The food supposedly on offer at this fictitious feast reflects the local produce: the menu was printed while the men of Ernest Shackleton's British Antarctic Expedition (the 1907-09 Nimrod expedition) suffered the icy cold and a lack of food during the winter of 1908 in winter quarters at Cape Royds, on June 23 as it was in the Southern Hemisphere.
One of these original ‘Midwinter menus’ is up at auction at Lincolnshire saleroom Golding Young & Mawer on January 3, but it just one part of a remarkable archive of material relating to an unsung member of the expedition: William Charles Roberts, the cook and assistant zoologist.
“It is the most complete selection of ephemera belonging to a team member of the expedition to have ever been found, I believe,” said consultant Alastair McPhie-Meiklejon. He added that among the other items are Roberts’ original contract of employment with Shackleton, and “none of these have ever emerged before”.
The collection comes from an anonymous local vendor and will be offered in six lots with an estimated total value in the region of £10,000-15,000 at the Grantham auction. View the menu and other lots on thesaleroom.com.
Roberts was born in Feltham, west London, in 1872 but little else is known about this intrepid man who answered Shackleton’s famous advert: Men wanted: For hazardous journey. Small wages, bitter cold, long months of complete darkness, constant danger, safe return doubtful. Honour and Recognition in case of success. (Although there is some dispute whether this advert ever actually appeared in The Times.)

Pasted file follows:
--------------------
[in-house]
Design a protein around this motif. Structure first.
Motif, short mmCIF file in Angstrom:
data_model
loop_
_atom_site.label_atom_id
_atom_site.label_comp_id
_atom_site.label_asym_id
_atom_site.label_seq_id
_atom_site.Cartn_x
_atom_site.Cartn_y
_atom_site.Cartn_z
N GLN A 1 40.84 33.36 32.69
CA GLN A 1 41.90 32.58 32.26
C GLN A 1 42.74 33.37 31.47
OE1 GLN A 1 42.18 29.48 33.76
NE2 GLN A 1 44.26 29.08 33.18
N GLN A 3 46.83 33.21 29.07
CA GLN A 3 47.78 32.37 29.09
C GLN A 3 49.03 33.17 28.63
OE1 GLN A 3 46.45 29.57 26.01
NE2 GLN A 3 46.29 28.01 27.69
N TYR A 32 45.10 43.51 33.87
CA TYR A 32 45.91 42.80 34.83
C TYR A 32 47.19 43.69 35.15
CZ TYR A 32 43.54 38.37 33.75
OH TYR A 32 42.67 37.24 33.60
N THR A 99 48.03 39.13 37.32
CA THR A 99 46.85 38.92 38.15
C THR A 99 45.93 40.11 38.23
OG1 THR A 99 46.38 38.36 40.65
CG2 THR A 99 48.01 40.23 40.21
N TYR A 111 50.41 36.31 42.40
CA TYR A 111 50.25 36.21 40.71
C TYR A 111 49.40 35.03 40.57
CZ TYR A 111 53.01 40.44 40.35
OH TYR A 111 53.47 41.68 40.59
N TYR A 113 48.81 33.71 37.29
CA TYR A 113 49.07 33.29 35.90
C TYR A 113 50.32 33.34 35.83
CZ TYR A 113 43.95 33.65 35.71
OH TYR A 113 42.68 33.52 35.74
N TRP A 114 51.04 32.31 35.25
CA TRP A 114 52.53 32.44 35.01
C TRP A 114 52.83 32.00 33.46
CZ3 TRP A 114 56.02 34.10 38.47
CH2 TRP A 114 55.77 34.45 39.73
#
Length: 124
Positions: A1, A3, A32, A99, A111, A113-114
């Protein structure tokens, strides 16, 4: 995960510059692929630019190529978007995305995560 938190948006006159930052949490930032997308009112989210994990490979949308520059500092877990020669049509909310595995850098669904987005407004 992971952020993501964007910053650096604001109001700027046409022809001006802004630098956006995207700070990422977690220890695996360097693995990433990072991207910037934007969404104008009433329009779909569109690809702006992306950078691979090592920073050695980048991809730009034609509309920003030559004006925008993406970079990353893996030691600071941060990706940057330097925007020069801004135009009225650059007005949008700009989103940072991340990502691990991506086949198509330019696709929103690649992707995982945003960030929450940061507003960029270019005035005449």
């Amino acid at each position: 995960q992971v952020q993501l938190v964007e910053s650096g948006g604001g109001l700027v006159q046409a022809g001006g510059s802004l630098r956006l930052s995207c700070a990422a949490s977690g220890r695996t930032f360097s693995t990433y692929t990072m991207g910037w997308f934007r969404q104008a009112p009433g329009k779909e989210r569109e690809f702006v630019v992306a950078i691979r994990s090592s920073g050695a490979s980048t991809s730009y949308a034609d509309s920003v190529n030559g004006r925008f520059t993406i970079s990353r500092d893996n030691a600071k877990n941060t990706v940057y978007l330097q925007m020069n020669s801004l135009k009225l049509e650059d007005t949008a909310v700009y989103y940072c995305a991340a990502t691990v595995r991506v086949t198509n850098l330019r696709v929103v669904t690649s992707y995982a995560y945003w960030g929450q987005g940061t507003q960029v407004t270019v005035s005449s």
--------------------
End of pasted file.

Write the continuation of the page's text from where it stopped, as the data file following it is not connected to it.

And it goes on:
in 1907 Roberts set sail on the White Star Line SS Runic to New Zealand where the final preparations were made.
‘Cape Roberts’ was later named after him by expedition member Edgeworth David.
Another intriguing lot is a poem related to the expedition written on White Star Line headed paper, depicting the SS Runic, but in an unknown hand.
First book printed in Antarctica
In February 2017 Bonhams sold a copy of Aurora Australis - the first book printed in Antarctica - which was also produced in the years 1908-09 at the winter quarters of the Nimrod expedition, which had a copy of the 'midwinter menu' slipped inside. It had belonged to chief engineer Harry Dunlop. The book and menu sold for £55,000.
The 94-leaf book was one of around 80 recorded copies created in part as a way of keeping the expedition members occupied during the winter months.